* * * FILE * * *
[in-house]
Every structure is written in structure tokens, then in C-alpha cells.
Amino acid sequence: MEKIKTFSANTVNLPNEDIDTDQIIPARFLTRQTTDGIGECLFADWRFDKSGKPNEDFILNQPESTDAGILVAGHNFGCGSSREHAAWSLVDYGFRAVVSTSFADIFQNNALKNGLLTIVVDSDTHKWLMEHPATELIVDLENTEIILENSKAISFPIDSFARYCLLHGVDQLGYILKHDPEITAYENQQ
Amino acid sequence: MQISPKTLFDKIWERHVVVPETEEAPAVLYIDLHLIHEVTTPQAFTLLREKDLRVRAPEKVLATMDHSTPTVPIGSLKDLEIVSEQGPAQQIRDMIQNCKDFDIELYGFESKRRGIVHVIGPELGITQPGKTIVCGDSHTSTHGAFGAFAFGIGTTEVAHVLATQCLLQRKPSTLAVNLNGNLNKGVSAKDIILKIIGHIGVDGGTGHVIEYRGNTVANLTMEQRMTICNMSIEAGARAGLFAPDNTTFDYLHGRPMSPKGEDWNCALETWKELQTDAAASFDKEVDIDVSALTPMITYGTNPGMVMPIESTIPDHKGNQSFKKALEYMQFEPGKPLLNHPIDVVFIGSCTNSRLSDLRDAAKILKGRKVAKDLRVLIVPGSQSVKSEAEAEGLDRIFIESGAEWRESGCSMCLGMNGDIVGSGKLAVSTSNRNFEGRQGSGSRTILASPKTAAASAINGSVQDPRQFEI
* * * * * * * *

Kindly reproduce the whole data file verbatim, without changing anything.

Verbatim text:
[in-house]
Every structure is written in structure tokens, then in C-alpha cells.
Amino acid sequence: MEKIKTFSANTVNLPNEDIDTDQIIPARFLTRQTTDGIGECLFADWRFDKSGKPNEDFILNQPESTDAGILVAGHNFGCGSSREHAAWSLVDYGFRAVVSTSFADIFQNNALKNGLLTIVVDSDTHKWLMEHPATELIVDLENTEIILENSKAISFPIDSFARYCLLHGVDQLGYILKHDPEITAYENQQ
Amino acid sequence: MQISPKTLFDKIWERHVVVPETEEAPAVLYIDLHLIHEVTTPQAFTLLREKDLRVRAPEKVLATMDHSTPTVPIGSLKDLEIVSEQGPAQQIRDMIQNCKDFDIELYGFESKRRGIVHVIGPELGITQPGKTIVCGDSHTSTHGAFGAFAFGIGTTEVAHVLATQCLLQRKPSTLAVNLNGNLNKGVSAKDIILKIIGHIGVDGGTGHVIEYRGNTVANLTMEQRMTICNMSIEAGARAGLFAPDNTTFDYLHGRPMSPKGEDWNCALETWKELQTDAAASFDKEVDIDVSALTPMITYGTNPGMVMPIESTIPDHKGNQSFKKALEYMQFEPGKPLLNHPIDVVFIGSCTNSRLSDLRDAAKILKGRKVAKDLRVLIVPGSQSVKSEAEAEGLDRIFIESGAEWRESGCSMCLGMNGDIVGSGKLAVSTSNRNFEGRQGSGSRTILASPKTAAASAINGSVQDPRQFEI